Welcome to yet another week of SPED 310! I'm going to focus mainly on the two simulations that I did last week (because I'm late in this blog post I actually mean the week of November 28 through December 2, so the week before this past week that we're finishing up today). Also, sorry for the lateness of this blog post:) 

First things first, here are the main topics that we focused on in lesson 12:

  • A sensitivity to the needs of and compassion for those with special needs.
  • A multidisciplinary view of exceptionality, cultural differences, individual and family dynamics, poverty, and abuse.
And the overall lesson focus was:

"There are times when we have to step into the darkness in faith, confident that God will place solid ground beneath our feet once we do. And so I accepted gladly, knowing that God would provide." - President Dieter F. Uchtdorf ("The Why of Priesthood Service," general conference, April 2012).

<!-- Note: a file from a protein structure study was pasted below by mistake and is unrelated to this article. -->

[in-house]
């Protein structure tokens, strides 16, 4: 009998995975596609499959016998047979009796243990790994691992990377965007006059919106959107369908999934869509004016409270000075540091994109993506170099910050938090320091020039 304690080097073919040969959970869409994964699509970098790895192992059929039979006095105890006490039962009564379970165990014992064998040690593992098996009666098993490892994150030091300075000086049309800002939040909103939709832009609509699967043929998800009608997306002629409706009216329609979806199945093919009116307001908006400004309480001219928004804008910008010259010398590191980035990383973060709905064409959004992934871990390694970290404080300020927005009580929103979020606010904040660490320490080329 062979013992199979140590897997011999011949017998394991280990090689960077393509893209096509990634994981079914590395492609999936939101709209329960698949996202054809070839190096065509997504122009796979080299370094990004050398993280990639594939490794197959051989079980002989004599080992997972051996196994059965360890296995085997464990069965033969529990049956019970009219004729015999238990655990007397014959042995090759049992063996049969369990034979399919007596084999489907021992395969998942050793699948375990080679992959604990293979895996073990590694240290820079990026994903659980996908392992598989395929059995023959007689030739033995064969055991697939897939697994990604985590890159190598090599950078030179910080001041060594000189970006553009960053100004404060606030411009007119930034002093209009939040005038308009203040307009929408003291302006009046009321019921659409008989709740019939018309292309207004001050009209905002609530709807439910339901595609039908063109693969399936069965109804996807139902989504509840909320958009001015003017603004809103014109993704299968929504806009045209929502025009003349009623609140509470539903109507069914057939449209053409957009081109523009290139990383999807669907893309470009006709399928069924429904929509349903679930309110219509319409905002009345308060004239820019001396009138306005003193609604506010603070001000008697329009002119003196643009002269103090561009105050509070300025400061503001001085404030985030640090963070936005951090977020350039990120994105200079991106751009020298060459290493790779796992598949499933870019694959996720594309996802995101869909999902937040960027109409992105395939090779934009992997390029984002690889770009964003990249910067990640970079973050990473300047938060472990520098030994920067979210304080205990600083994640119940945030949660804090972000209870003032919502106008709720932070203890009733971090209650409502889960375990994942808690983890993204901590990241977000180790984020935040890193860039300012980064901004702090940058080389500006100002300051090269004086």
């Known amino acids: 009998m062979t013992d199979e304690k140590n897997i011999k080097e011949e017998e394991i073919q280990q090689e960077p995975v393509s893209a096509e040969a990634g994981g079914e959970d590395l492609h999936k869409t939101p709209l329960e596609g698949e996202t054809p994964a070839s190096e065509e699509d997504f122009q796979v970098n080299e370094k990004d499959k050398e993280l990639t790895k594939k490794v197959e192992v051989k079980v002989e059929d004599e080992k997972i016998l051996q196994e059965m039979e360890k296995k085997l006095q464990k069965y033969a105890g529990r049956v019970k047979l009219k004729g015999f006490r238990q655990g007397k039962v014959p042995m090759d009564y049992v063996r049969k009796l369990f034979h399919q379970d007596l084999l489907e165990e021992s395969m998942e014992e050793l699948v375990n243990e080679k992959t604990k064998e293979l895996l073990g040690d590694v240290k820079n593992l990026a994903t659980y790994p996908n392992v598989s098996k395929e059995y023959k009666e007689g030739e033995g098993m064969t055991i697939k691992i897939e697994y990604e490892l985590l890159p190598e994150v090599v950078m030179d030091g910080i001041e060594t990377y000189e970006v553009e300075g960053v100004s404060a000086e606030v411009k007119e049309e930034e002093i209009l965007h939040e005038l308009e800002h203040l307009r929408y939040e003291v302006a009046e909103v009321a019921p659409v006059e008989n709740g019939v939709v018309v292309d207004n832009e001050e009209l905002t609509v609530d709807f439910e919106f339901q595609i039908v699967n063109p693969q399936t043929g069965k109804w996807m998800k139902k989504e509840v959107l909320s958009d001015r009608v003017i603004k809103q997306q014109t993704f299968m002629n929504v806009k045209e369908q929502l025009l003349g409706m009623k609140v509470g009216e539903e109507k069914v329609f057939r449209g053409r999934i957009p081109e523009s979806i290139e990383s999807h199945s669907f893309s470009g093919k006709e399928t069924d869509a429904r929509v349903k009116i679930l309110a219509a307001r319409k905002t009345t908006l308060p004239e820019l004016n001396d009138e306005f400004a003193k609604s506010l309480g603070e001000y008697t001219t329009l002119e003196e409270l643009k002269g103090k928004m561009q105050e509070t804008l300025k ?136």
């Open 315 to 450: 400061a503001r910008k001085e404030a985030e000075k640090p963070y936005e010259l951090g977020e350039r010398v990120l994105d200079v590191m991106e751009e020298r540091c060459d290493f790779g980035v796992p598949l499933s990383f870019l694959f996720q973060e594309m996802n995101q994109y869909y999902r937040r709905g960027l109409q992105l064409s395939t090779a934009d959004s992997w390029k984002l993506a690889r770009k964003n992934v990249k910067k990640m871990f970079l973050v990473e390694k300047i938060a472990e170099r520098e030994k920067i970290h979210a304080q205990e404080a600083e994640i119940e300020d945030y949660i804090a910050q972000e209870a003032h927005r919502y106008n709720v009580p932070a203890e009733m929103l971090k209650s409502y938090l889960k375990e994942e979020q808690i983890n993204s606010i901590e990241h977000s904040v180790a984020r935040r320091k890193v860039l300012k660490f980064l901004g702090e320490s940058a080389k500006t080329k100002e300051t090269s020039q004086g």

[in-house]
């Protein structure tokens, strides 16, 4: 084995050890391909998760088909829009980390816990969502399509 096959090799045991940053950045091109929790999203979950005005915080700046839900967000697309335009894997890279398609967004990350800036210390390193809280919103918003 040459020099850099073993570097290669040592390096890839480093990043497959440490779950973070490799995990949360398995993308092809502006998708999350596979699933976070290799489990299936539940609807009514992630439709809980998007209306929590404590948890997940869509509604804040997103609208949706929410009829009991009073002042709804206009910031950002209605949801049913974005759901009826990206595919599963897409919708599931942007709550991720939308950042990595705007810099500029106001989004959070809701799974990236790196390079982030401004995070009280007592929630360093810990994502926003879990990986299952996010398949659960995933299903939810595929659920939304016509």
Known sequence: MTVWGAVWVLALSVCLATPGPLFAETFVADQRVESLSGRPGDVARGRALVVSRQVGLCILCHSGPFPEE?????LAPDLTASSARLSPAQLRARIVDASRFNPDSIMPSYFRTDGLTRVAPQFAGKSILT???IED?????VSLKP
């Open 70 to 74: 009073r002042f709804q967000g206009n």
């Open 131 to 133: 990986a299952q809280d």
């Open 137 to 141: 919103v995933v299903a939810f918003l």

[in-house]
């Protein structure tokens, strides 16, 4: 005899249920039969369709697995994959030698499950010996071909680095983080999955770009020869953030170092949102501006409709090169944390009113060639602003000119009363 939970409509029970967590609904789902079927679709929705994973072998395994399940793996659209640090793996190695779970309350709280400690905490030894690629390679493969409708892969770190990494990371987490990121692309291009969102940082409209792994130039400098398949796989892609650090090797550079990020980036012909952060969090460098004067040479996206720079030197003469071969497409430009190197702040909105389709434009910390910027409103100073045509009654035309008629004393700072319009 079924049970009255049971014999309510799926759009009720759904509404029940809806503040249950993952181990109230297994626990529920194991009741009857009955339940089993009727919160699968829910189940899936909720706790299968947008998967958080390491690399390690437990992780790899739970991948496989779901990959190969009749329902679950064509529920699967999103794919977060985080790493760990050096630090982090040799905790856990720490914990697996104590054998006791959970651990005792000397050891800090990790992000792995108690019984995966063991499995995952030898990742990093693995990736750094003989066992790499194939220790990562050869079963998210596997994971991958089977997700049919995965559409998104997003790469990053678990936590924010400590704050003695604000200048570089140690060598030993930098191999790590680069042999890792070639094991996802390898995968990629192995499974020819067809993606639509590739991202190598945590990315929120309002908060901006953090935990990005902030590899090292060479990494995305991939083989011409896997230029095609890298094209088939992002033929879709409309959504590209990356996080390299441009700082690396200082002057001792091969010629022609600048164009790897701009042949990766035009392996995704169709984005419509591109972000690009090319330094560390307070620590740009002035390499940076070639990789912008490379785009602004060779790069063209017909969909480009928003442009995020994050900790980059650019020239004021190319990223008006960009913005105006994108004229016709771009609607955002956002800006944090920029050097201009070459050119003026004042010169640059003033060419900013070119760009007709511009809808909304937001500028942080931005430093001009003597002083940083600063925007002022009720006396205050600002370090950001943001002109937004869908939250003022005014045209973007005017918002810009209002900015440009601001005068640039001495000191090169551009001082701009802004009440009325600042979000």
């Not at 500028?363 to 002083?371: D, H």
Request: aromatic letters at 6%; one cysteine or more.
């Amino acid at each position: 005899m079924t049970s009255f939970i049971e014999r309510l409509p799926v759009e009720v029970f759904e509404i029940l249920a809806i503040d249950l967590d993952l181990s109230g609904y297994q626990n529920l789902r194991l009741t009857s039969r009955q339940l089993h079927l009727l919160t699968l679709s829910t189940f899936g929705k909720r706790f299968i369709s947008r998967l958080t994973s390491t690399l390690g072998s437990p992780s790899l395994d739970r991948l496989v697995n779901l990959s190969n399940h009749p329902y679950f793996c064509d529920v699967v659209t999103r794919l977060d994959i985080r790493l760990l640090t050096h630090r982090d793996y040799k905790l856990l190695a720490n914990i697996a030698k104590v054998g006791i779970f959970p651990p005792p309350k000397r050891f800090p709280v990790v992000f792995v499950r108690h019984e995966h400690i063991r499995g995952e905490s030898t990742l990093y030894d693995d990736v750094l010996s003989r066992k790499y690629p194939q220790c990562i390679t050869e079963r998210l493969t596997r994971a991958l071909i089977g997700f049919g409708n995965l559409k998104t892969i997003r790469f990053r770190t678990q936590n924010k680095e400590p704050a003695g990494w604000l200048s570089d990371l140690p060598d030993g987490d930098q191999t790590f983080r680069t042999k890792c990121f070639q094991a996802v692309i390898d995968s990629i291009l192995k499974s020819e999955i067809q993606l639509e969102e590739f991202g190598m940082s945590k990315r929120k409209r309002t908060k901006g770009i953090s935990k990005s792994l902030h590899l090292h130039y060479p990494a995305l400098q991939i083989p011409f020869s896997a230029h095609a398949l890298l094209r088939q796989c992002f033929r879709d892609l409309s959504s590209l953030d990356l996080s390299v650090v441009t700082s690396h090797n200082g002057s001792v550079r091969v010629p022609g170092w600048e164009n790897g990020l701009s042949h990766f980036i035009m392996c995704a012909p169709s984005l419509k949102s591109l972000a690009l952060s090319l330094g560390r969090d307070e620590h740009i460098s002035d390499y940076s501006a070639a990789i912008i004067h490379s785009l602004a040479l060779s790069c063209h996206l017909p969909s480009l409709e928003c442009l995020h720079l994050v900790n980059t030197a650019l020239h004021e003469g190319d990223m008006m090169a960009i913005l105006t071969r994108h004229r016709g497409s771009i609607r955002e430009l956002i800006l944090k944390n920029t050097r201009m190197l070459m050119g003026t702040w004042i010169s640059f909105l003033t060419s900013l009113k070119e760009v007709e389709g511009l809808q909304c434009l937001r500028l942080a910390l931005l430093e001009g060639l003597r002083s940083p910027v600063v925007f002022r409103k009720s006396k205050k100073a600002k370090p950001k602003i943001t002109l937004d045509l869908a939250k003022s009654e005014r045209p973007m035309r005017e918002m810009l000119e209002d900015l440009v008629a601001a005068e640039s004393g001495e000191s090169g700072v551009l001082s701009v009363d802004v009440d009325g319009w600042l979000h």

Well, now to the simulations, IE, "putting ourselves in the other guys shoes":

Visual Impairment SimulationThe mask that I chose to wear, or I guess the one that was available, was the mask that looked as if it had a fog over it, to simulate problems with the lens (i.e., astigmatism) – causes loss of visual acuity. I felt totally lost most the time. I could not make out any actual faces, just blobs of color that I knew was a person. Unless they were directly in front of me I could not tell what they were wearing or how their hair might be styled. From far away all I saw were masses of moving color. Lights looked like unfocused, glowing orbs and details became impossible to notice. It was like I was walking through a fog. I definitely did not enjoy it. I felt confused when someone was talking, trying to put a blurry face to a name and wondering if maybe they were giving me funny, confused looks too. I can see how this impairment would be an issue in daily life, as well as in the classroom. Our visual perception of the world is a big factor on how we make relationships and help us to solve problems. I can only imagine how complete blindness must set you back a few years in your social growth and cognitive development. Overall though, I found this a very rewarding experience. It helped me to relate more to the difficulties that individuals with this handicap might go through and what I, as teacher, can do to help these students who might have this issue.